Leg pain can be intermittent or constant. It can start gradually or suddenly. The pain can range from mild achiness, to severe and unrelenting shooting pain. There are traumatic causes of pain from injury, but also several different diseases that can cause significant leg pain, numbness or swelling.
There are many, many potential causes of leg pain.
- Chondromalacia patella. Degenerative changes cause soft spots or wear-and-tear changes to underside of knee cap (patella).
- Degenerative Disc Disease. Thinning of spinal discs often causes pressure on nerve roots exiting the lumbar spine, which can cause radiating leg pain that can travel all the way to the foot.
- Fibromyalgia. A pain amplification syndrome that affects the processing of pain in the central nervous system and may commonly manifest with pain tender points in the inner legs and gluteal area as well as many points in the upper body.
- Knee Bursitis. Swelling of fluid filled sacs around the knee joint can cause significant pain.
- Herniated Disc. Bulging, herniation or sequestration of the gel-like center of the spinal disc can apply pressure to nerve roots or the spinal cord and cause significant radiating nerve pain in either or both legs.
- Osteoarthritis. Wear-and-tear of cartilage in the foot, knee, or hip joints can cause arthritic type pain in these areas.
- Peripheral Neuropathy. Damage to the nerves in the leg from injury or systemic disease can cause pain, numbness, loss of balance, and weakness in the legs. The pain is often described like walking on pins. Symptoms can also feel like a sock is always on the foot reducing sensation.
- Sciatica. Branches of several nerve roots exiting the lower spine combine to form the large sciatic nerve that travels from the lumbar spine all the way to the foot of each leg. Irritation of this nerve can cause numbness, cramping, pins and needles, shooting pain, and muscle weakness in the leg.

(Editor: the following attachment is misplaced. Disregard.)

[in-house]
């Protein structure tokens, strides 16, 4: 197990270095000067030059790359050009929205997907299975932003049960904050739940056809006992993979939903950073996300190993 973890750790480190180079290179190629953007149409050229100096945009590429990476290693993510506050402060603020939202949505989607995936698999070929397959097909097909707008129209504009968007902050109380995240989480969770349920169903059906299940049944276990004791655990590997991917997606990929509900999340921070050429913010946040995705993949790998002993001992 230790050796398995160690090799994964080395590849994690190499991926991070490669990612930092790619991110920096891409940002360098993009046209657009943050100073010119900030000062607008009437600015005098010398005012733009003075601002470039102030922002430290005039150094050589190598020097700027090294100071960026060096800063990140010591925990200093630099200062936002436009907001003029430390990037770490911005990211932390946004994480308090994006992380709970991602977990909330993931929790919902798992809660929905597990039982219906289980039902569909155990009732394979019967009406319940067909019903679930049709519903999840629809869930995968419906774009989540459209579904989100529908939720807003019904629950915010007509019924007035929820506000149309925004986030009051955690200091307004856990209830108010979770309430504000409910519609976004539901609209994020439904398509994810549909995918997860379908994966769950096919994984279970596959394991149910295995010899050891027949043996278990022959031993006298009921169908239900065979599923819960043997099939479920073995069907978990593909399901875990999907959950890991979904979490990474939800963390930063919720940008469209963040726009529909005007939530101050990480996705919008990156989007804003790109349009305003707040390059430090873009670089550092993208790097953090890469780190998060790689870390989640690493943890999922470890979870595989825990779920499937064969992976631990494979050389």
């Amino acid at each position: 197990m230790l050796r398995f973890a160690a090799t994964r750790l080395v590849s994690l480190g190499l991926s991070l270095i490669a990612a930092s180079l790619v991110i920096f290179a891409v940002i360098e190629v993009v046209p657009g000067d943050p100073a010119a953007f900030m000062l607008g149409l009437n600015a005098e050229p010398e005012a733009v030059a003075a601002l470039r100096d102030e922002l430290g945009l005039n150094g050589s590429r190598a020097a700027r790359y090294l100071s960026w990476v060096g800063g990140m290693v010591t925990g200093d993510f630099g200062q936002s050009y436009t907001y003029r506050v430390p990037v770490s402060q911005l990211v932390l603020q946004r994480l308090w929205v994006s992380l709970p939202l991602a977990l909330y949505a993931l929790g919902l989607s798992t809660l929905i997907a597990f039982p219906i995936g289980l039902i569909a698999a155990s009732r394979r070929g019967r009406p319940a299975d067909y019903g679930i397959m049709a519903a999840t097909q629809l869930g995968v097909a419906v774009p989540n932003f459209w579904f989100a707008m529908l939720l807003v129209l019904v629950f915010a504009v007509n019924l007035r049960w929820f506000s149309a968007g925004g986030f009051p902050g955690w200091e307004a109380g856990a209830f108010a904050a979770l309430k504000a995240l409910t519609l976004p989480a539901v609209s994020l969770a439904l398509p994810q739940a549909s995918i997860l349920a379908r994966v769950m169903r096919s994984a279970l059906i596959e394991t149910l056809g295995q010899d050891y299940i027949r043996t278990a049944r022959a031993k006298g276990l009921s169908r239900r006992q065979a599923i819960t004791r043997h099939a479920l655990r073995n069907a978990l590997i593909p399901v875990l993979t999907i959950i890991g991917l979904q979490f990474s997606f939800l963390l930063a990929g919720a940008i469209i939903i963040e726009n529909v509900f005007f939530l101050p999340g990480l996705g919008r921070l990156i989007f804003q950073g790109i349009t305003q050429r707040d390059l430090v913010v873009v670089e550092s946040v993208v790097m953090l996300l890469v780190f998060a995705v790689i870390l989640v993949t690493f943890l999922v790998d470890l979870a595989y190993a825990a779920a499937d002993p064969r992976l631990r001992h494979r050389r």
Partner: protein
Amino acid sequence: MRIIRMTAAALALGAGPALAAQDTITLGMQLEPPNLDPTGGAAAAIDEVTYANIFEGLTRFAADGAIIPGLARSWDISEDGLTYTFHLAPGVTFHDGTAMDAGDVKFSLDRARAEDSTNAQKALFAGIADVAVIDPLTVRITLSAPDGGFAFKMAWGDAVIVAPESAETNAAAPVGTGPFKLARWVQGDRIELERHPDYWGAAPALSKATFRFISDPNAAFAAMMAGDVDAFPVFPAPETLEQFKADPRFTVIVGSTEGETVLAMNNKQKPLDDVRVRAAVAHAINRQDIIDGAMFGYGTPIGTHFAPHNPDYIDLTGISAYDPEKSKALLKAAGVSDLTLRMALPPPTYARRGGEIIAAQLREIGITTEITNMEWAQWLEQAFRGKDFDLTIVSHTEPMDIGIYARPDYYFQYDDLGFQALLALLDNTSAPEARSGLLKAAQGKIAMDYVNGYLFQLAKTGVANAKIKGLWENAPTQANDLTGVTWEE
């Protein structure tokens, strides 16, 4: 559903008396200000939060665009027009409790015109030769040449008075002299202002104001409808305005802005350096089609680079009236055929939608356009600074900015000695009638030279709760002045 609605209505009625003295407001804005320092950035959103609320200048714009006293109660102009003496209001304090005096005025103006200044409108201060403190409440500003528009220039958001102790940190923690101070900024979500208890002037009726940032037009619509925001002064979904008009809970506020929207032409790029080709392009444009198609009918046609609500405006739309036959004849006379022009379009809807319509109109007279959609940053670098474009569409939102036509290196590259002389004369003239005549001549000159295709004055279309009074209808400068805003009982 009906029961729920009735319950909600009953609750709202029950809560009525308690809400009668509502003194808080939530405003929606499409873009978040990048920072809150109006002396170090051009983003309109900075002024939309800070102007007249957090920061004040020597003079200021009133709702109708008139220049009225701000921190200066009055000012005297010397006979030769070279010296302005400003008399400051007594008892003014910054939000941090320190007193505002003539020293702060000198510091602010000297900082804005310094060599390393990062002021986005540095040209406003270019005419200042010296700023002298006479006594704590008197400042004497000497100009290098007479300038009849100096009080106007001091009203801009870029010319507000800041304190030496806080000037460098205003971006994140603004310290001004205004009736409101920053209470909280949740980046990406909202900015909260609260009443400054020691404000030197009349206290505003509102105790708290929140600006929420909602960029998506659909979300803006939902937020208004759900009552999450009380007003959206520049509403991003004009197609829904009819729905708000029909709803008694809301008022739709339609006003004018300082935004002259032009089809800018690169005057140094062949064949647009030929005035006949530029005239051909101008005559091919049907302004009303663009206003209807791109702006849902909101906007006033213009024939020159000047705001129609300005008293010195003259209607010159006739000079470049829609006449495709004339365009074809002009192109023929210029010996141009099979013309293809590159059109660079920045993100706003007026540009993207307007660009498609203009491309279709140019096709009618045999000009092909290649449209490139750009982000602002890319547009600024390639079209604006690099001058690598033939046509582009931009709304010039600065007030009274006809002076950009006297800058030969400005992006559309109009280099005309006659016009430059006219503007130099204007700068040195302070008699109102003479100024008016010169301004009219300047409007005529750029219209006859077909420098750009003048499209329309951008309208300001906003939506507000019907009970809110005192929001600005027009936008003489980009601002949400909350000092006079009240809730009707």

- Spinal Stenosis. A narrowing of the canals within the spine where nerve tissue travels – either the spinal cord or the nerves that branch off the spinal cord at every level of the spine.
Treatment for leg pain will vary considerably depending upon diagnosis, but may include any of the following:
- Therapy. Chiropractic or Physical Therapy is often recommended for various types of leg pain issues, particularly to help with regaining proper balance, gait, strength and stability. Orthotics, bracing, taping, exercises, muscle stimulation, low level laser, joint or spinal manipulation or other various treatments may be required.
- Pharmacological Intervention. Various types of NSAID’s, nerve pain medications, muscle relaxants or opiate pain medications may be utilized in concert with interventional procedures and/or conservative therapy to help control many pain syndromes.
- Corticosteroid Injection. An injection of an anti-inflammatory medication into or around a painful joint, bursa, nerve, tendon or muscle can often dramatically diminish swelling and pain in that area.
- Epidural Steroid Injection. An injection of an anti-inflammatory medication around a painful nerve root or spinal disc via the epidural space overlaying the spine can rapidly diminish radiating pain in the leg from sciatica, degenerative disc disease, disc herniation, osteoarthritis of the spine and various other pain types.
- Spinal Cord Stimulators.Radiating leg pain that has failed to resolve from surgical intervention or uncontrollable peripheral neuropathy pain in the feet or legs may be conditions treatable by a newer type of technology called neuromodulation. A spinal cord stimulator is utilized to block the reception of leg pain and/or back pain by bombarding the spinal cord with small amounts of electrical current through thin wire leads that are placed into the epidural space overlying the spine. The effects is to replace excruciating leg and/or back pain with pleasant vibration sensations.